Eurozone crisis: Time to make the rich pay
17 August 2012
In their bid to cope with debts, governments are taxing the middle classes, and overlooking the fact that bad investments — banks, property, public debt — made by the wealthy, are the cause of the current crisis. Taking up this idea, the liberal Der Tagesspiegel argues that the well-off should dig deeper.
Once again this year, Sigmar Gabriel joined with the unions in demanding an increase in taxes paid by the wealthy to ensure a fairer distribution of the burden of the crisis. For the social-democrat leader, the imposition of further demands on the rich is a matter of “social patriotism”. However, at the other end of the political spectrum the Christian-Democrats and the liberals were quick to step up to the plate to defend the better off, and to accuse Gabriel of wheeling out a well-worn socialist routine. As a result, debate on this issue has now assumed the wearisome air of an electoral squabble.
But we should not be beguiled by this impression. Over the years, the issue of growing disparities in wealth and incomes has evolved to the point where it is no longer a simple matter of equality. The reality is that these disparities are one of the main causes of the current crisis.
The increase in wealth that is concentrated in the hands of a small minority has meant that a considerable proportion of national income is now feeding a demand for financial products, and reducing the level of investment in goods and services.
The well-off in Europe invest in bonds issued by banks, property companies and states, like Ireland, Portugal, Greece and Spain, which offer attractive rates of interest. In so doing, they have financed ill-judged investment on an enormous scale – the construction of housing and motorways that remain unused and other foolhardy infrastructure projects – that these countries would never have been able to undertake on their own.
As it stands, the sole purpose of the bridging loans provided by eurozone bailout funds is to aid states and their banks to remain solvent so that they can continue to pay their debts to misguided investors. As a result, we now have a situation in which it is not a matter of Germans, or the Dutch or the Finns etc, being obliged to bail out the Greeks, the Irish and the Spanish, but rather of middle class European taxpayers being forced to provide the funds required to save the fortunes of Europe’s wealthiest citizens.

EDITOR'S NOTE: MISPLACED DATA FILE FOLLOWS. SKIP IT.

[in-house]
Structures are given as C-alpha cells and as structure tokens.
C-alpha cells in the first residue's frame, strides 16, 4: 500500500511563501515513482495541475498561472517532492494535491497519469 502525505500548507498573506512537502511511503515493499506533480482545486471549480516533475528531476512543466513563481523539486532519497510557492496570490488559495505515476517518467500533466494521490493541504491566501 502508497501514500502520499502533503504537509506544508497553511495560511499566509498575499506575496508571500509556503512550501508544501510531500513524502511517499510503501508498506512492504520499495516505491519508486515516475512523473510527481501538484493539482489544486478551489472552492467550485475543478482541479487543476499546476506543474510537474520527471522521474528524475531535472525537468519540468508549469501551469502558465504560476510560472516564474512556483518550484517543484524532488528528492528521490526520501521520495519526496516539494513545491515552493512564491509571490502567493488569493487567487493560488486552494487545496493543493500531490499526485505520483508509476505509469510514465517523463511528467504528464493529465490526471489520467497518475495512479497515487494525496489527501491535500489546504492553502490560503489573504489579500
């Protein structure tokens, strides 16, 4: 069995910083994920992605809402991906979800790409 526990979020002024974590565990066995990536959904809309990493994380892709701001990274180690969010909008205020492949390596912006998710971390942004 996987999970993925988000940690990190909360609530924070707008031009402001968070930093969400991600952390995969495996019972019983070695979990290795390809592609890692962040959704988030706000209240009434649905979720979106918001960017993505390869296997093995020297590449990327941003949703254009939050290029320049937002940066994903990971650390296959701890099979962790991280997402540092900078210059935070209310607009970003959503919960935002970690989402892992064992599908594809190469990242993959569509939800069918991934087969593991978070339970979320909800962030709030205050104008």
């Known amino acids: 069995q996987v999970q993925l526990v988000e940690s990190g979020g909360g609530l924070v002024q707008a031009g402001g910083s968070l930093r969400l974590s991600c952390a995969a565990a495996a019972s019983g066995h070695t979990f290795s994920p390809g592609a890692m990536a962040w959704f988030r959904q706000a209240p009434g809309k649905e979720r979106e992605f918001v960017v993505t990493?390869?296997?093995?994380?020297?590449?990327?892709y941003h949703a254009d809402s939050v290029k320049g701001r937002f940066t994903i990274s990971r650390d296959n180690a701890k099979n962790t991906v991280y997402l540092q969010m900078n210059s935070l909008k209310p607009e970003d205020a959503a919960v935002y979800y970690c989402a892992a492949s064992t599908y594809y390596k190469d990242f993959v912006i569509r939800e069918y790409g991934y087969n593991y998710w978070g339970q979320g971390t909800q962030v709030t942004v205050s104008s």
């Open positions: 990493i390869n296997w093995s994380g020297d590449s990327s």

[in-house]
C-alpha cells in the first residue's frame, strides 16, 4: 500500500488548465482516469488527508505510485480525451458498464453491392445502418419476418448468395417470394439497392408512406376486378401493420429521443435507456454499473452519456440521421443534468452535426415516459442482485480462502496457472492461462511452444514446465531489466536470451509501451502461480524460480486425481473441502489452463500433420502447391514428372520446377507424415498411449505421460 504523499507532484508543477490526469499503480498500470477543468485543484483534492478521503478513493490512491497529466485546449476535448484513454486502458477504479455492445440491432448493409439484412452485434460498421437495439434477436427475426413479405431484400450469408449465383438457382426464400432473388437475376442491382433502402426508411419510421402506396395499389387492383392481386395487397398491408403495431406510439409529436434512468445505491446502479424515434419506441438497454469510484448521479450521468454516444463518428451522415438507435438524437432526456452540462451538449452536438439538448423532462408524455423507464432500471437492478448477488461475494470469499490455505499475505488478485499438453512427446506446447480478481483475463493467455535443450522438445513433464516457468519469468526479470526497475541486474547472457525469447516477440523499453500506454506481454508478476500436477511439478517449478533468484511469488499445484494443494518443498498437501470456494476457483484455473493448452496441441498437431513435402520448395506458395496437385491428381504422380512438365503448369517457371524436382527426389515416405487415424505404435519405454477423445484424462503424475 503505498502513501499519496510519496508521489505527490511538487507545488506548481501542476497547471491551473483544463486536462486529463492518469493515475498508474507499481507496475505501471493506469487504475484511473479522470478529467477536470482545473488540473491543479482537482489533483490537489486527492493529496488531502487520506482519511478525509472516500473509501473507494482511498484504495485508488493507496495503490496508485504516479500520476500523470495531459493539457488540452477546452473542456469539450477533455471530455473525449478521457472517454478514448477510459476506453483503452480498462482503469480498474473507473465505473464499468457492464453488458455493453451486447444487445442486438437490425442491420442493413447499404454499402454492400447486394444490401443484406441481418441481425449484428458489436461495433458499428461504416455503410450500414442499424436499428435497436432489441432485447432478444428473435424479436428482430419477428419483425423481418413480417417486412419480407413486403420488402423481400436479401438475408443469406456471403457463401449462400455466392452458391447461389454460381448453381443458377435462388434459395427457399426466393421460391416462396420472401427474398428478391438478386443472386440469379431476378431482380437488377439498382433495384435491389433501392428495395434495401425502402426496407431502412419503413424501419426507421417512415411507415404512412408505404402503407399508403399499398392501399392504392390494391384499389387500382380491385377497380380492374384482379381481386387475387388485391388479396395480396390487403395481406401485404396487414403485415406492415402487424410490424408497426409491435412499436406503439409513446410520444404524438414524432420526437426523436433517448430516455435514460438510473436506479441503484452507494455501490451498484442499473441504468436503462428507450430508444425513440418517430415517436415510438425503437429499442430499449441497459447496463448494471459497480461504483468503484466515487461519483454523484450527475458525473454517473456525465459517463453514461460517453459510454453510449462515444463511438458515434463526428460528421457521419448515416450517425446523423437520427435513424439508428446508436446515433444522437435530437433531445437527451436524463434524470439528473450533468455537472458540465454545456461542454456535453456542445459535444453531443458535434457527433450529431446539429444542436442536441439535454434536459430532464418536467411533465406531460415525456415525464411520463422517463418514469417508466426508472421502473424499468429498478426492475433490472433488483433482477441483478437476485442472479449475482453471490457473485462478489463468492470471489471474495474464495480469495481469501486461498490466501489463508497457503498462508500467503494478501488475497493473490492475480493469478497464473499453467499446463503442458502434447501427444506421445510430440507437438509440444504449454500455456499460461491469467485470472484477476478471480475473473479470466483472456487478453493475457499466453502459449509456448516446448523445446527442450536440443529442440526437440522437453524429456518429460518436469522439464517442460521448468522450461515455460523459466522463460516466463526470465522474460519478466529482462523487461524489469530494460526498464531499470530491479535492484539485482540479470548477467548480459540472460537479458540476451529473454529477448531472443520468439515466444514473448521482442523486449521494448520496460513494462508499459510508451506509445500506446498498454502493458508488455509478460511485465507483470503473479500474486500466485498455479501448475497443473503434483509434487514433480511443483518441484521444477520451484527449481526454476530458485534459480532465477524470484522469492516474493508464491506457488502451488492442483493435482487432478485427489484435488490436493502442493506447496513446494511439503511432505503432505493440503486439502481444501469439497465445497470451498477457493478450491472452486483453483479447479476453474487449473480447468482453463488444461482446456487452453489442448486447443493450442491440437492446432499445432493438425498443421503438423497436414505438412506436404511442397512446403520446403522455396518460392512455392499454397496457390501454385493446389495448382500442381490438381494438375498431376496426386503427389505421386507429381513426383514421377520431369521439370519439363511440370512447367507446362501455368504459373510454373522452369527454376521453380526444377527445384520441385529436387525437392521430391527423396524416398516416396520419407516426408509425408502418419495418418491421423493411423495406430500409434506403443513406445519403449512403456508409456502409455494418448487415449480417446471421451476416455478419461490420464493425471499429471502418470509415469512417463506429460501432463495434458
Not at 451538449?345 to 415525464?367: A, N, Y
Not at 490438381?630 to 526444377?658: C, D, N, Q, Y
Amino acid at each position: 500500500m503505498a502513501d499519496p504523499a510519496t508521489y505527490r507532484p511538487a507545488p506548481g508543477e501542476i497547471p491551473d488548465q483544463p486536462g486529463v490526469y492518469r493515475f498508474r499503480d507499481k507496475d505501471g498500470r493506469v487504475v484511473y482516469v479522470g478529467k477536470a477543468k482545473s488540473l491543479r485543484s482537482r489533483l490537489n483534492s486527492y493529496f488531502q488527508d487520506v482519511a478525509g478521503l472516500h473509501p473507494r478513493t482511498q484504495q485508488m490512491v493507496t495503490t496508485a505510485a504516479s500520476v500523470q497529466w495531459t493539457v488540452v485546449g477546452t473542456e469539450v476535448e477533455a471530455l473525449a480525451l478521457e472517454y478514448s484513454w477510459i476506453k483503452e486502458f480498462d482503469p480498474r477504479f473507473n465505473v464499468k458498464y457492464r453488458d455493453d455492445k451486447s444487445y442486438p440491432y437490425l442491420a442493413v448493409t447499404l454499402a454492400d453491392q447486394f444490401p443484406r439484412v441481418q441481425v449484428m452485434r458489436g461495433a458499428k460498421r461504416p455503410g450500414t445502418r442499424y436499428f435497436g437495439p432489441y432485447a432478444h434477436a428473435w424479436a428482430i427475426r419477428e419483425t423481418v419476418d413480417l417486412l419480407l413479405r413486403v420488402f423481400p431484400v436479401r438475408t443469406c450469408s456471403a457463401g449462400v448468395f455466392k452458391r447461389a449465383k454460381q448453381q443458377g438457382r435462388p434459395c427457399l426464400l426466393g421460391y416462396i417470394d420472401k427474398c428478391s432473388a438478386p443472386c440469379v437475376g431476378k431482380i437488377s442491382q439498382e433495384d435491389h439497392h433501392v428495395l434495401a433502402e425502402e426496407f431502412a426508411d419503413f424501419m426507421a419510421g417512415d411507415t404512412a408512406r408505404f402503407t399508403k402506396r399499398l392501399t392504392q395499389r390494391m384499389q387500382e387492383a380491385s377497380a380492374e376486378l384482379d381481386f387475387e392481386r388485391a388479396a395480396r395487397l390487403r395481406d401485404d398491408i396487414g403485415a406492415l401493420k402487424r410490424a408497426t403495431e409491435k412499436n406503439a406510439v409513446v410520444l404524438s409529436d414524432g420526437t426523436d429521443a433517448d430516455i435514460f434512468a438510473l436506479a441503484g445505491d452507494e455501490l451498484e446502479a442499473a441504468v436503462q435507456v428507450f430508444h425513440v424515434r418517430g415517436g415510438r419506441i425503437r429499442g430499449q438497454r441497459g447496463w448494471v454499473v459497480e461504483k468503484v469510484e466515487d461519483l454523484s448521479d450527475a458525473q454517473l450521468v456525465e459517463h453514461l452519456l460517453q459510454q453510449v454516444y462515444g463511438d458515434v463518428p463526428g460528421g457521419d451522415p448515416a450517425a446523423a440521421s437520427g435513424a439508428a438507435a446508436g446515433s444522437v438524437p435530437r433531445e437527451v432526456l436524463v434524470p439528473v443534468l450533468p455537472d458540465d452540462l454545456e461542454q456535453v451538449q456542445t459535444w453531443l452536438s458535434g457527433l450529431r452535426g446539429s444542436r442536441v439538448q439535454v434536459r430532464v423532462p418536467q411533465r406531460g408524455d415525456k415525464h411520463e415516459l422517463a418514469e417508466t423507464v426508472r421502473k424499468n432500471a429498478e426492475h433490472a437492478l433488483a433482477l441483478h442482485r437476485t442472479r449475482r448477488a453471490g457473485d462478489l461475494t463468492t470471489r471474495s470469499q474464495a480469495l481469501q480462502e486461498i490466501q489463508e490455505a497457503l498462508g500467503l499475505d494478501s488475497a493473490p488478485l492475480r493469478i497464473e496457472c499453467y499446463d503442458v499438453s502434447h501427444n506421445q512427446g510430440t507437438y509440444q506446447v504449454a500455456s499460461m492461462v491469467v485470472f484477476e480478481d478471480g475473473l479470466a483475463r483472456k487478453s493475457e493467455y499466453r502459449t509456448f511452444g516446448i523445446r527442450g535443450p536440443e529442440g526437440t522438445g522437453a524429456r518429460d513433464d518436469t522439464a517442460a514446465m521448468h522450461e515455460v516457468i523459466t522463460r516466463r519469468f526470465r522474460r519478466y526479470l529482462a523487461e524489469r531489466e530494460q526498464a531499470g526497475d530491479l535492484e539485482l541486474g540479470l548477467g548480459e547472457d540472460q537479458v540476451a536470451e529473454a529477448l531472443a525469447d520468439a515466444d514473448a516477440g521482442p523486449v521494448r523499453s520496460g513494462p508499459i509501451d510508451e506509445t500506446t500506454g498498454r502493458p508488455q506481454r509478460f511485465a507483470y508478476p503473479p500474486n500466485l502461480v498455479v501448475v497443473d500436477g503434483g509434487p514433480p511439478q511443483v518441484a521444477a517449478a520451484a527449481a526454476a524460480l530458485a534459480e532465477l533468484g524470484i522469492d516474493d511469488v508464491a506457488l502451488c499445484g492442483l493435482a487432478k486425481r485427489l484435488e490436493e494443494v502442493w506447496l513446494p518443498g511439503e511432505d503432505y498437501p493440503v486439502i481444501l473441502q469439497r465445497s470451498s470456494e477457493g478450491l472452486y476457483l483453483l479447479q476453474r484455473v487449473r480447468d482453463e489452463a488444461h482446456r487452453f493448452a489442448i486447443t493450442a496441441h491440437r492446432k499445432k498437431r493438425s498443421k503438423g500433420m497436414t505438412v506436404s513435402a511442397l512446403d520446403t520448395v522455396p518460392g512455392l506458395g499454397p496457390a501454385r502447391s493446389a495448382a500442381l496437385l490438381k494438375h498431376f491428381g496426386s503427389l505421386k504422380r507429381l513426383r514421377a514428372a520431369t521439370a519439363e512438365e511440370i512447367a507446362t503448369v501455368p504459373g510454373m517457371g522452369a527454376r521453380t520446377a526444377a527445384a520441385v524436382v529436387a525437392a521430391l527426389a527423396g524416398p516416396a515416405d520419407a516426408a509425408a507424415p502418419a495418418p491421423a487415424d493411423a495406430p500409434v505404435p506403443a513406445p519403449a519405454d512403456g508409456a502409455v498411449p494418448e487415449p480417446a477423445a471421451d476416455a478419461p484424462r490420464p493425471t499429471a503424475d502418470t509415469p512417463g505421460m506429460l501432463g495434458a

Making the wealthy pay
In passing, we should note that Europe’s wealthy contribute very little to national budgets. The countries of the eurozone have created a monetary union, but instead of introducing a common fiscal policy, they have competed with each other in a bid to cut taxes and attract capital. As a result, taxes on income generated by capital are at a record low, while private fortunes throughout Europe have grown to the point where they have reached a level that is equivalent to two or even three times the sovereign debt of European states.
So we are now asking Europe’s wealthiest citizens to cover a larger share of the bill for bad investments. But this question is too important to be confined to the framework of national elections. We will also have to call for changes to the current bailout policy, which is ill-conceived.
As it stands, the EU debt collectors are urging crisis stricken countries to cut social services and increase taxes on the middle classes, while Greek shipping tycoons, Irish property barons and the Spanish super-rich pay hardly any income tax and invest their money in tax havens.
The priority for those who wish to save the euro should be to fight against such dysfunctions. If they do, the representatives of the unpopular European troika might still be perceived as heroes.